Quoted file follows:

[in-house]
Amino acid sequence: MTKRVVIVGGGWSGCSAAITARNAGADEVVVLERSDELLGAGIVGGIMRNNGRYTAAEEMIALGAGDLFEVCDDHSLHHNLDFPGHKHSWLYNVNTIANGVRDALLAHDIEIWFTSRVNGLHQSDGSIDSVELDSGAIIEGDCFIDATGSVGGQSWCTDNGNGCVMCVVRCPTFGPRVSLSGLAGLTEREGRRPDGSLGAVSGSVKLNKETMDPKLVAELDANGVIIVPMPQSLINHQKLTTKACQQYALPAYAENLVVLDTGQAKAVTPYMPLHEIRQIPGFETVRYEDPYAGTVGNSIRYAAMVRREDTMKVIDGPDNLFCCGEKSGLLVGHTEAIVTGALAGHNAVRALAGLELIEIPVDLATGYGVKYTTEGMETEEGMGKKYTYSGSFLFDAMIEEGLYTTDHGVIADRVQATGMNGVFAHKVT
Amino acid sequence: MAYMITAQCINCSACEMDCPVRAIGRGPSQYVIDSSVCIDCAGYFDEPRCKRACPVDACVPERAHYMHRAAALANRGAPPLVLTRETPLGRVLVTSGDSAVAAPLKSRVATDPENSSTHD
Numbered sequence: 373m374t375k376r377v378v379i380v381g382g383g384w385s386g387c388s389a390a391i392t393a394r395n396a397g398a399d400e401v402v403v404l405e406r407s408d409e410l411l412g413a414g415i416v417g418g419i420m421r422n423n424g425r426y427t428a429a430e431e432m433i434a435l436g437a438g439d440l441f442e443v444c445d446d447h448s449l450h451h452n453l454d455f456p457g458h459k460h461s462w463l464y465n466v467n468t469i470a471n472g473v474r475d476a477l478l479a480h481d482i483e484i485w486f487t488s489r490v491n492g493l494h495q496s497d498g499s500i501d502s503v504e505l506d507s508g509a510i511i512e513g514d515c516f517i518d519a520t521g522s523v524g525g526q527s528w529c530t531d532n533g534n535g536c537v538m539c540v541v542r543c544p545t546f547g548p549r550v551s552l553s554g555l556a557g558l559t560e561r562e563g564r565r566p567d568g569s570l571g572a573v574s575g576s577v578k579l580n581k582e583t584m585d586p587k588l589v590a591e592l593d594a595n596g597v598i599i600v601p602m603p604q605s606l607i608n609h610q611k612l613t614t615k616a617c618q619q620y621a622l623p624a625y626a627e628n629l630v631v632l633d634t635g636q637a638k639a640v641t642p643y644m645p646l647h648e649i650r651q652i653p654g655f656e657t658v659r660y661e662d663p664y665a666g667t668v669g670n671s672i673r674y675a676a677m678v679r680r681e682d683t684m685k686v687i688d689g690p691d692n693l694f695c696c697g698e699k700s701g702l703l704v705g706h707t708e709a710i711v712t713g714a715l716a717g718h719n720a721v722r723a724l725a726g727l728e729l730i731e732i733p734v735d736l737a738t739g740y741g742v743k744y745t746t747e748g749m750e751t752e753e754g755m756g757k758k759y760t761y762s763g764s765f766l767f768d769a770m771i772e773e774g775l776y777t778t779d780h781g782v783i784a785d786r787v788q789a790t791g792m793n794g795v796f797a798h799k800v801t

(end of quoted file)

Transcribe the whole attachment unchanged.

[in-house]
Amino acid sequence: MTKRVVIVGGGWSGCSAAITARNAGADEVVVLERSDELLGAGIVGGIMRNNGRYTAAEEMIALGAGDLFEVCDDHSLHHNLDFPGHKHSWLYNVNTIANGVRDALLAHDIEIWFTSRVNGLHQSDGSIDSVELDSGAIIEGDCFIDATGSVGGQSWCTDNGNGCVMCVVRCPTFGPRVSLSGLAGLTEREGRRPDGSLGAVSGSVKLNKETMDPKLVAELDANGVIIVPMPQSLINHQKLTTKACQQYALPAYAENLVVLDTGQAKAVTPYMPLHEIRQIPGFETVRYEDPYAGTVGNSIRYAAMVRREDTMKVIDGPDNLFCCGEKSGLLVGHTEAIVTGALAGHNAVRALAGLELIEIPVDLATGYGVKYTTEGMETEEGMGKKYTYSGSFLFDAMIEEGLYTTDHGVIADRVQATGMNGVFAHKVT
Amino acid sequence: MAYMITAQCINCSACEMDCPVRAIGRGPSQYVIDSSVCIDCAGYFDEPRCKRACPVDACVPERAHYMHRAAALANRGAPPLVLTRETPLGRVLVTSGDSAVAAPLKSRVATDPENSSTHD
Numbered sequence: 373m374t375k376r377v378v379i380v381g382g383g384w385s386g387c388s389a390a391i392t393a394r395n396a397g398a399d400e401v402v403v404l405e406r407s408d409e410l411l412g413a414g415i416v417g418g419i420m421r422n423n424g425r426y427t428a429a430e431e432m433i434a435l436g437a438g439d440l441f442e443v444c445d446d447h448s449l450h451h452n453l454d455f456p457g458h459k460h461s462w463l464y465n466v467n468t469i470a471n472g473v474r475d476a477l478l479a480h481d482i483e484i485w486f487t488s489r490v491n492g493l494h495q496s497d498g499s500i501d502s503v504e505l506d507s508g509a510i511i512e513g514d515c516f517i518d519a520t521g522s523v524g525g526q527s528w529c530t531d532n533g534n535g536c537v538m539c540v541v542r543c544p545t546f547g548p549r550v551s552l553s554g555l556a557g558l559t560e561r562e563g564r565r566p567d568g569s570l571g572a573v574s575g576s577v578k579l580n581k582e583t584m585d586p587k588l589v590a591e592l593d594a595n596g597v598i599i600v601p602m603p604q605s606l607i608n609h610q611k612l613t614t615k616a617c618q619q620y621a622l623p624a625y626a627e628n629l630v631v632l633d634t635g636q637a638k639a640v641t642p643y644m645p646l647h648e649i650r651q652i653p654g655f656e657t658v659r660y661e662d663p664y665a666g667t668v669g670n671s672i673r674y675a676a677m678v679r680r681e682d683t684m685k686v687i688d689g690p691d692n693l694f695c696c697g698e699k700s701g702l703l704v705g706h707t708e709a710i711v712t713g714a715l716a717g718h719n720a721v722r723a724l725a726g727l728e729l730i731e732i733p734v735d736l737a738t739g740y741g742v743k744y745t746t747e748g749m750e751t752e753e754g755m756g757k758k759y760t761y762s763g764s765f766l767f768d769a770m771i772e773e774g775l776y777t778t779d780h781g782v783i784a785d786r787v788q789a790t791g792m793n794g795v796f797a798h799k800v801t